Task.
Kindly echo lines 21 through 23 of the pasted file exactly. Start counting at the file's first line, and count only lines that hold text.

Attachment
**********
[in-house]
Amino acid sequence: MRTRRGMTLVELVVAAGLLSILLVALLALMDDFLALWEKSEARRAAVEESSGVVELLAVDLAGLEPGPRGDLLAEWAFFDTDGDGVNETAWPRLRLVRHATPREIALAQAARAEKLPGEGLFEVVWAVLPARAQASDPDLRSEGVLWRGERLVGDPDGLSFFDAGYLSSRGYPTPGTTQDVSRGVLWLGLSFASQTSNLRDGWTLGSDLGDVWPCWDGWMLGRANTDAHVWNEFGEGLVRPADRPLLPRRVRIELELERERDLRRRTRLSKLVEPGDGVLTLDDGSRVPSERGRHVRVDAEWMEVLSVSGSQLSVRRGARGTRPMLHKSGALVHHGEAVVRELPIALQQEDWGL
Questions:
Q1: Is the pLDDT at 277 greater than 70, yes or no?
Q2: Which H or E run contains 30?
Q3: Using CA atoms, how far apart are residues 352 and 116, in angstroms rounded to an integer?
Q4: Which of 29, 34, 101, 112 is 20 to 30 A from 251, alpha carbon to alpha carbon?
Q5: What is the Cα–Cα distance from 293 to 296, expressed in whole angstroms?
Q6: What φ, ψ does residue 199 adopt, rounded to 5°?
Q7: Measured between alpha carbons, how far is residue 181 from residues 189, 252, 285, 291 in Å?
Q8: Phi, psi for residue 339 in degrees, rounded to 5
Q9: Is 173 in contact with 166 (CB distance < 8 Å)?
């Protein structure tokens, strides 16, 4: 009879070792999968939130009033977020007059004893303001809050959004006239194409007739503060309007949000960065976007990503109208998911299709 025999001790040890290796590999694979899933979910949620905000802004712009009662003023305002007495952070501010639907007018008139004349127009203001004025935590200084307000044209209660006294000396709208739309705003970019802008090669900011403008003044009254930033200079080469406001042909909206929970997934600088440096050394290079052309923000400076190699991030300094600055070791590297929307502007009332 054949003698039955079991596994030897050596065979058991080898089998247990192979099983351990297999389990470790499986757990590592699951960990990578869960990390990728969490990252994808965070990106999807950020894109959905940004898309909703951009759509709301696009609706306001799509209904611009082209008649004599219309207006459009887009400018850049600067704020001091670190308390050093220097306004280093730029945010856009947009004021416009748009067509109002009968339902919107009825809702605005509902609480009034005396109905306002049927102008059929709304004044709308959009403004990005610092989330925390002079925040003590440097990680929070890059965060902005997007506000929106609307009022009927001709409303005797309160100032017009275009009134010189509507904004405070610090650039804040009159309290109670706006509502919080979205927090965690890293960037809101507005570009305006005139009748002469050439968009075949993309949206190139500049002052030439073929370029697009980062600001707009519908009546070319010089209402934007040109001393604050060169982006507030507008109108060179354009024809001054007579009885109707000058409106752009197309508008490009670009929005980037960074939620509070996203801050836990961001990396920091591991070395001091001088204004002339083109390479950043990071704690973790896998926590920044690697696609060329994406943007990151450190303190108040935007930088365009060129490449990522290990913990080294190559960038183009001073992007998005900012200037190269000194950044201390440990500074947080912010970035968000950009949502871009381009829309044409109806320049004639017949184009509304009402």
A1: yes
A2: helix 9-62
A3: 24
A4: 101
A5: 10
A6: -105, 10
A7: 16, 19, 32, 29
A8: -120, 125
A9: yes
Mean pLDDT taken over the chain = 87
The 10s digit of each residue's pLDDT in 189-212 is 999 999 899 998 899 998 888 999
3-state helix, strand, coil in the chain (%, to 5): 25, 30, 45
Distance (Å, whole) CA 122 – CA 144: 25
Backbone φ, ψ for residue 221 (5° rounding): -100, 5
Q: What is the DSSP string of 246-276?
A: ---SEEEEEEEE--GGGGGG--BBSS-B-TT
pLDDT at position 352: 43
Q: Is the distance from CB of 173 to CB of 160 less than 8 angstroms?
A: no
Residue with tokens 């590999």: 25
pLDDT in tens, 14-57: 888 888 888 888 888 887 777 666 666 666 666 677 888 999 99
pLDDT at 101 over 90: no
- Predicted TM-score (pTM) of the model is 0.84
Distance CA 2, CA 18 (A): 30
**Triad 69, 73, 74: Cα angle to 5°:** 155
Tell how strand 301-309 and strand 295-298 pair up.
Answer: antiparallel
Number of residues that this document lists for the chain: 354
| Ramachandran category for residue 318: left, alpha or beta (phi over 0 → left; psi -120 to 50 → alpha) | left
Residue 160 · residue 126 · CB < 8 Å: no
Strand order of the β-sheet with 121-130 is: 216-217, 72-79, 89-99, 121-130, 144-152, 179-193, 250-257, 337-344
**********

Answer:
A8: -120, 125
A9: yes
Mean pLDDT taken over the chain = 87